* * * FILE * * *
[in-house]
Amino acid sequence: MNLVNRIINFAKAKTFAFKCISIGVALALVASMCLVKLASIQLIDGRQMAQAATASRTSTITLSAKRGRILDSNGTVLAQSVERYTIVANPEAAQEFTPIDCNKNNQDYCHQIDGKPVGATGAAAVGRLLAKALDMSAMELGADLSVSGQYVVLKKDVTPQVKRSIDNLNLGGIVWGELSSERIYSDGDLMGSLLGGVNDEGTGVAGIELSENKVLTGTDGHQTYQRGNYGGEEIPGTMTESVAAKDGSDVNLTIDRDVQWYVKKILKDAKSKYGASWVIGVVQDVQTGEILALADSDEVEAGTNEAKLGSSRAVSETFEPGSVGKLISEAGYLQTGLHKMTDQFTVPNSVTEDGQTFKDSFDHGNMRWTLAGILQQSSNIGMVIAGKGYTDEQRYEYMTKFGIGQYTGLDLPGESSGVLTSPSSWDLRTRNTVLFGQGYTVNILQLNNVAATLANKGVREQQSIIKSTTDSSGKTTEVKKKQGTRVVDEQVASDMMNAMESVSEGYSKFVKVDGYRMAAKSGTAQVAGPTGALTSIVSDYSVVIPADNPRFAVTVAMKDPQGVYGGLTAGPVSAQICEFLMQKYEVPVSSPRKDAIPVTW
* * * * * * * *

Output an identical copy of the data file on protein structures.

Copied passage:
[in-house]
Amino acid sequence: MNLVNRIINFAKAKTFAFKCISIGVALALVASMCLVKLASIQLIDGRQMAQAATASRTSTITLSAKRGRILDSNGTVLAQSVERYTIVANPEAAQEFTPIDCNKNNQDYCHQIDGKPVGATGAAAVGRLLAKALDMSAMELGADLSVSGQYVVLKKDVTPQVKRSIDNLNLGGIVWGELSSERIYSDGDLMGSLLGGVNDEGTGVAGIELSENKVLTGTDGHQTYQRGNYGGEEIPGTMTESVAAKDGSDVNLTIDRDVQWYVKKILKDAKSKYGASWVIGVVQDVQTGEILALADSDEVEAGTNEAKLGSSRAVSETFEPGSVGKLISEAGYLQTGLHKMTDQFTVPNSVTEDGQTFKDSFDHGNMRWTLAGILQQSSNIGMVIAGKGYTDEQRYEYMTKFGIGQYTGLDLPGESSGVLTSPSSWDLRTRNTVLFGQGYTVNILQLNNVAATLANKGVREQQSIIKSTTDSSGKTTEVKKKQGTRVVDEQVASDMMNAMESVSEGYSKFVKVDGYRMAAKSGTAQVAGPTGALTSIVSDYSVVIPADNPRFAVTVAMKDPQGVYGGLTAGPVSAQICEFLMQKYEVPVSSPRKDAIPVTW